Poofs and Paranoia

By Guest Blogger Jim Luce

I need a new poof basket before I can shower again. As a guy it’s vital that I make noise when I shower so I play basketball. That’s easier than it sounds, our shower is tiny—3-foot by 3-foot—so a full court press isn’t that tiring. A poof, by the way, is a puffy spherical soft plastic shower thingy that you squeeze liquid body wash onto, Oil of Olay® for example, while reminding yourself that it doesn’t make you less macho since you normally shower with muriatic acid and a wire brush.

A poof basket hangs in the shower for storing the poof. Or for basketball. Anyway, while in the shower the other day I fired a one-hand shot from outside the key and missed. Fortunately the poof bounced off the rim and rebounded back to me. I drove for the basket, leaped, slam dunked the poof and hung from the rim for a moment while the crowd roared…and the basket broke.

I haven’t found a replacement yet and since I can’t sing I’m afraid to take a shower. I might be overstating this—I’m second in paranoia only to Woody Allen—but a poof and its basket are my defense against the number one shower danger we all face—and have for the past fifty years. Norman Bates.

I saw the movie Psycho when it first came out in 1960 and I’ve been playing basketball ever since. The crowd noise is key. That’s because Alfred Hitchcock forever changed the way we shower. Forget form and style, think noise. Janet Leigh was quiet as she showered and look what happened to her. Since then guys have learned to stand with their face in the spray and snort and blow like sperm whales. We grunt, talk to ourselves, swear, choke, play basketball…anything to keep a little noise going. Women have an opposite philosophy on shower defense. Women are very quiet. They’ll stick their face into the spray quick, then back up and say, “Mm.” Just “Mm.”

Very softly.

I’ll bang an elbow on the faucet handle, and go, “Ow!”

Women go, “Mm.”

I drop the soap, and say, “Damn!” A woman says, “Mm.”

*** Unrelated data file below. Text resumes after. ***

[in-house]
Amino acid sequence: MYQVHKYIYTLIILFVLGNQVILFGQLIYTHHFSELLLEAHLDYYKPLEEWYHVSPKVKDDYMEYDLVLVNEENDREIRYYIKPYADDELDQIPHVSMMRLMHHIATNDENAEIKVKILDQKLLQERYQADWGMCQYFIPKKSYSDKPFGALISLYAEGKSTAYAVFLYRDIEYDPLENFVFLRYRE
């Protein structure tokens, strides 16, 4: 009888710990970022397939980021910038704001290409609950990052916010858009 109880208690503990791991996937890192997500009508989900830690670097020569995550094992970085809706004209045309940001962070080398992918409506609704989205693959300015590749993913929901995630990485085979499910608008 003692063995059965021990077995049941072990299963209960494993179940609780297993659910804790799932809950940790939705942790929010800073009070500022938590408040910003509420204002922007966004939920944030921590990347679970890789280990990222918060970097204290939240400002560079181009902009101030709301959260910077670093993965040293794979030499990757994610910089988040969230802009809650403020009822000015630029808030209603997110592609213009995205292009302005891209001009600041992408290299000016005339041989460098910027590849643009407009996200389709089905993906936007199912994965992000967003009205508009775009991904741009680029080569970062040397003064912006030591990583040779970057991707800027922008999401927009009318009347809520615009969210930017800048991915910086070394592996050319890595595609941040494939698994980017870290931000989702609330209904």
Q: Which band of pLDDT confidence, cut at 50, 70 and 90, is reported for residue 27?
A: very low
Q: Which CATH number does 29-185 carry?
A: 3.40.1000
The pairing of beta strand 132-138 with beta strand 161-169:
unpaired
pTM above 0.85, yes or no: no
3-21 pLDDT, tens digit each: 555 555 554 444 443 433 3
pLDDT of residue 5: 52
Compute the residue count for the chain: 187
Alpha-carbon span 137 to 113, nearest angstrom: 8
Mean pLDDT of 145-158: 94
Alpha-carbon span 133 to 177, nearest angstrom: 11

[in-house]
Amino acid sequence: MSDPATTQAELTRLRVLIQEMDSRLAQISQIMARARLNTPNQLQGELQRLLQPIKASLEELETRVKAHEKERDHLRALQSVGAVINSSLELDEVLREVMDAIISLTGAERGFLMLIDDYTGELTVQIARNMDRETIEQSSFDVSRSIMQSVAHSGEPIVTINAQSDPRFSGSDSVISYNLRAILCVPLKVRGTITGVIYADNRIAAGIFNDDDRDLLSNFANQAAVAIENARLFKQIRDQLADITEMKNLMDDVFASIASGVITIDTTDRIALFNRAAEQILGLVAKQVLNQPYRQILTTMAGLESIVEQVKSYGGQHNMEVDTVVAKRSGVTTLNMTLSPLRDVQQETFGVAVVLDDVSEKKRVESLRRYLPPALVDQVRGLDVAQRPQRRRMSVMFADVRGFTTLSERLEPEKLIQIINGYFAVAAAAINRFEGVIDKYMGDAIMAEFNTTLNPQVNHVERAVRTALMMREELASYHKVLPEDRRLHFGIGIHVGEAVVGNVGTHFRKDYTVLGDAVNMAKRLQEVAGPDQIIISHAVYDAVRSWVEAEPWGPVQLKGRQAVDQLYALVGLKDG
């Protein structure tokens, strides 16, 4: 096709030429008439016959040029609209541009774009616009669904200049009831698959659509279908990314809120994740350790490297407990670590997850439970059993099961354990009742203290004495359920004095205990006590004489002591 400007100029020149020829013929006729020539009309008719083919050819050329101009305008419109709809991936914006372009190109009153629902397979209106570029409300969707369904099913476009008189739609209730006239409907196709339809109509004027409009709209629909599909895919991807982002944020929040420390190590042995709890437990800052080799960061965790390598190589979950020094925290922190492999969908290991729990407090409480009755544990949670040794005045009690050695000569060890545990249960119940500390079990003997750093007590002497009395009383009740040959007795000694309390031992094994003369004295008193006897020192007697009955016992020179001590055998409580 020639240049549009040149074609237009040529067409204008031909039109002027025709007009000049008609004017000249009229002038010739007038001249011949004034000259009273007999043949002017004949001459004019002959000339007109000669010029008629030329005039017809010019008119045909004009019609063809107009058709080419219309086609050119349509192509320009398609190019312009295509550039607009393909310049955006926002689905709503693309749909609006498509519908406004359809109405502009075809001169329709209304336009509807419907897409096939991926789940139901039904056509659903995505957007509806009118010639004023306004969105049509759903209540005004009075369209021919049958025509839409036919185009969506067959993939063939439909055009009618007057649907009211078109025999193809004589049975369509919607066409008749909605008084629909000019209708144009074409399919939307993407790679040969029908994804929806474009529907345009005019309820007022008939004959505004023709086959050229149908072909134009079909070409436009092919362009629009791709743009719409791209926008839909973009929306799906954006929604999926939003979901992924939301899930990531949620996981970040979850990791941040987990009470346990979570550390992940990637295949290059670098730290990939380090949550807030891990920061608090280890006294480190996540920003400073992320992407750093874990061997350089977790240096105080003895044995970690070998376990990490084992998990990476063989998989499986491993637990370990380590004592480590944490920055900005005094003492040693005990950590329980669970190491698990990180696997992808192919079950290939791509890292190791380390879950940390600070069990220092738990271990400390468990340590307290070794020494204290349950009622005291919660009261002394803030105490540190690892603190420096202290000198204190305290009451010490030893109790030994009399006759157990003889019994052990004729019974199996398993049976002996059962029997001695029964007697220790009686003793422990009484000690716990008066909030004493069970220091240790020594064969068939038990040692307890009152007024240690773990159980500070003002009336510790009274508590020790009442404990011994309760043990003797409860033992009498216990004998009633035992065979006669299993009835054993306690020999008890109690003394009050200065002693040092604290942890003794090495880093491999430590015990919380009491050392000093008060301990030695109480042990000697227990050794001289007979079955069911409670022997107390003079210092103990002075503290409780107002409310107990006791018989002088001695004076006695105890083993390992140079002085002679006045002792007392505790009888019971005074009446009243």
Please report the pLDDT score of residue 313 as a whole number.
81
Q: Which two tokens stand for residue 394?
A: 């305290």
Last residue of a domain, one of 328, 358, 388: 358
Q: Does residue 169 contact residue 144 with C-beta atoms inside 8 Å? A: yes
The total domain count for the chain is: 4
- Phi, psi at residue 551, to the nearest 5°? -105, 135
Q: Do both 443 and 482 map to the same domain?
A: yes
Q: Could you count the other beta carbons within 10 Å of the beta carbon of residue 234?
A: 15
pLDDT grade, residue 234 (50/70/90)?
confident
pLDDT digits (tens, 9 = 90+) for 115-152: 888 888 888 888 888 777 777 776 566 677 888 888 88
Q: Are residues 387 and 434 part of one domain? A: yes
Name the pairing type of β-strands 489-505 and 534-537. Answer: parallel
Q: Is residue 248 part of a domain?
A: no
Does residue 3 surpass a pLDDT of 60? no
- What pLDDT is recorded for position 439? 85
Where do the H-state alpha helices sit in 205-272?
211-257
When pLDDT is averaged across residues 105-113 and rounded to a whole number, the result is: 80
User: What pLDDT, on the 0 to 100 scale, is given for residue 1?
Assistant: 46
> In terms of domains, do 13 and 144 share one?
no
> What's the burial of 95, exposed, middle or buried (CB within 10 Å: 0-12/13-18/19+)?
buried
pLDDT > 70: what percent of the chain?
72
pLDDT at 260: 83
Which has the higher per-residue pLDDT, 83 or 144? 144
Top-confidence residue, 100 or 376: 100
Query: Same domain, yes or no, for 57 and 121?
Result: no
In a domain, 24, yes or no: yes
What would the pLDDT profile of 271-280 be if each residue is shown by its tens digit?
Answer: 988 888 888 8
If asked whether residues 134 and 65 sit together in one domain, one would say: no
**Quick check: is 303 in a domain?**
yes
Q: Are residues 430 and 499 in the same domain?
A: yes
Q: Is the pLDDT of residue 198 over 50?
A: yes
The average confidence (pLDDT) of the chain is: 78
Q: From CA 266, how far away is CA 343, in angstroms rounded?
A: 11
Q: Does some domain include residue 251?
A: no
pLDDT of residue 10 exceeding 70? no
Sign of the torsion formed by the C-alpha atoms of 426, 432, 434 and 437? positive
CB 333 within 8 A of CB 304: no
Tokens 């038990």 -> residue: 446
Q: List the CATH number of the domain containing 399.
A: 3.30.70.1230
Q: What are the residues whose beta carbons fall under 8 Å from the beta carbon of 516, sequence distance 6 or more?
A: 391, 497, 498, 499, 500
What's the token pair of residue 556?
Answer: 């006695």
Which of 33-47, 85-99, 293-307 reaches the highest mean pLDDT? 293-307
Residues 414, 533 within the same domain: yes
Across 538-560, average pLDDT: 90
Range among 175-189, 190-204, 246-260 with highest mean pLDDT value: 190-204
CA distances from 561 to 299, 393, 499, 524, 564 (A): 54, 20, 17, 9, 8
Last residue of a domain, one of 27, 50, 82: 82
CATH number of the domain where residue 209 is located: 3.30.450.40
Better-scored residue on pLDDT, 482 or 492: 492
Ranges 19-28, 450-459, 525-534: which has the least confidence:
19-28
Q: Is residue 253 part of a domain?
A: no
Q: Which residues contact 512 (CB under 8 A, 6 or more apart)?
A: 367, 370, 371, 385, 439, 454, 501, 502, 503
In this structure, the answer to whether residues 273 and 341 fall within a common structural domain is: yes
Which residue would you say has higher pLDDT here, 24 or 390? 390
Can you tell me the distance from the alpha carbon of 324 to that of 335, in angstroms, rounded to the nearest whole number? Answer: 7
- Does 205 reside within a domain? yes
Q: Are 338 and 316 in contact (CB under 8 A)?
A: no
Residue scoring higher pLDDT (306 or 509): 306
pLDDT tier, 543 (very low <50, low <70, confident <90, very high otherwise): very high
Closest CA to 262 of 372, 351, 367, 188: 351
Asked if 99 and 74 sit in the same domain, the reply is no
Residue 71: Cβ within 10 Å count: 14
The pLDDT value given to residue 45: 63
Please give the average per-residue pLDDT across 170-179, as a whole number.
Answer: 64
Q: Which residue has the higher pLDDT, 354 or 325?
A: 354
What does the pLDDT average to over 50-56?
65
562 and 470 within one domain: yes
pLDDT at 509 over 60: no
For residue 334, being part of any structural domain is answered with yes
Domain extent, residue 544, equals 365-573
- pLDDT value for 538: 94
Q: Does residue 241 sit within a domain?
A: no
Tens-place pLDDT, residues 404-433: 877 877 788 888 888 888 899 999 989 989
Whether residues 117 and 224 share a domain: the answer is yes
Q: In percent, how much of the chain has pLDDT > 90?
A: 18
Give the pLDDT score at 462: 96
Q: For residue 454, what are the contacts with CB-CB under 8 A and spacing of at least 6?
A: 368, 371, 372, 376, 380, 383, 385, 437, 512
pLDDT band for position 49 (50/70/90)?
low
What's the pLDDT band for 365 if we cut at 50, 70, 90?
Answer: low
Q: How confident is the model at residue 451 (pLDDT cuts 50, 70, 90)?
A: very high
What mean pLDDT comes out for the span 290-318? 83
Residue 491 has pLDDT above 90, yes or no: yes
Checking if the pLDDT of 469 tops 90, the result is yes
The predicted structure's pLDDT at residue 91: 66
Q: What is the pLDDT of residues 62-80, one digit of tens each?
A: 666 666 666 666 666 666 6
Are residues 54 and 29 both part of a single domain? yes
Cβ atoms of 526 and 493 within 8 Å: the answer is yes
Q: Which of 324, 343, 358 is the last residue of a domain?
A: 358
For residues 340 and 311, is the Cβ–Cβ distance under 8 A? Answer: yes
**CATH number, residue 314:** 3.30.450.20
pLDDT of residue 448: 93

I bend over to wash my feet, hit my head on the faucet and yell, “@#%&$!dammit! Who put those @#%&$! faucet handles in here!”

A woman slips in the shower, crashes out into the bathroom through the shattered glass door, lands on the tiles naked, broken, slashed to ribbons, and says, “Mm.”

That’s because Norman’s out there.

Ever since 1960 when we get into the shower, man or woman, we’re aware of Norman Bates. We’re so vulnerable when we’re in the shower it’s terrifying. We’re naked. We can’t see through the shower door or curtain. We can’t hear anything over the noise of the shower spray. We climb into the shower, turn on the water, and realize: “Wait, Norman isn’t growing old in a mental institution somewhere, he’s in the house. Sure, maybe this won’t be the time he slips into the bathroom with that 16″ butcher knife, but maybe it will be.” We don’t know. We’re naked, nothing to defend ourselves with but a half-ounce sliver of Soap-On-A-Rope left over from 1964. What if this is the shower?

That’s why we behave differently.

Every woman alive today was Janet Leigh in a previous life. When women pull that shower curtain shut they know Norman is in the house somewhere, maybe in the kitchen. That’s why they’re so quiet: “If I’m really, really quiet, he won’t realize I’m taking a shower. He’ll just grab a couple of cookies and leave. Or maybe he’ll hang out for awhile, waiting for someone to take a shower, get bored, hack Jim into bloody chunks and leave. Whatever. Gotta be quiet. Mm.”
You know how when you shower this little pool of water builds up on some concave part of your body, up on your shoulder blade maybe, then when you move the puddle falls onto the shower floor with a tiny splash? Sometimes when a woman is showering you’ll hear that little splash, and right away she’ll go, “Mm.” She’s in there thinking “oh, crap, now I’ve done it, Norman won’t be content with cookies now.” In an instant she’s got the Soap-On-A-Rope in one hand, the back brush in the other, the towel wrapped around her arm for a shield…it’s just her and Norman now, mano a mano.

Guys are just the opposite. We’re ostriches. If we can’t hear Norman, he doesn’t exist. If we make enough noise that we can’t hear that squeaky shower-scene music from Psycho, Norman isn’t going to come into the bathroom. Keep the noise going, you got no problem. Make sure Norman knows that’s a guy in the shower. He’ll grab a cookie and leave. Or get bored and hack Judy to pieces. Whatever.

Me, I’m going for the high risk shots, the three-pointers…get the crowd on their feet and loud. Gonna be good to get another poof basket, get in the shower again, get a pick up game going. Maybe with Woody Allen.

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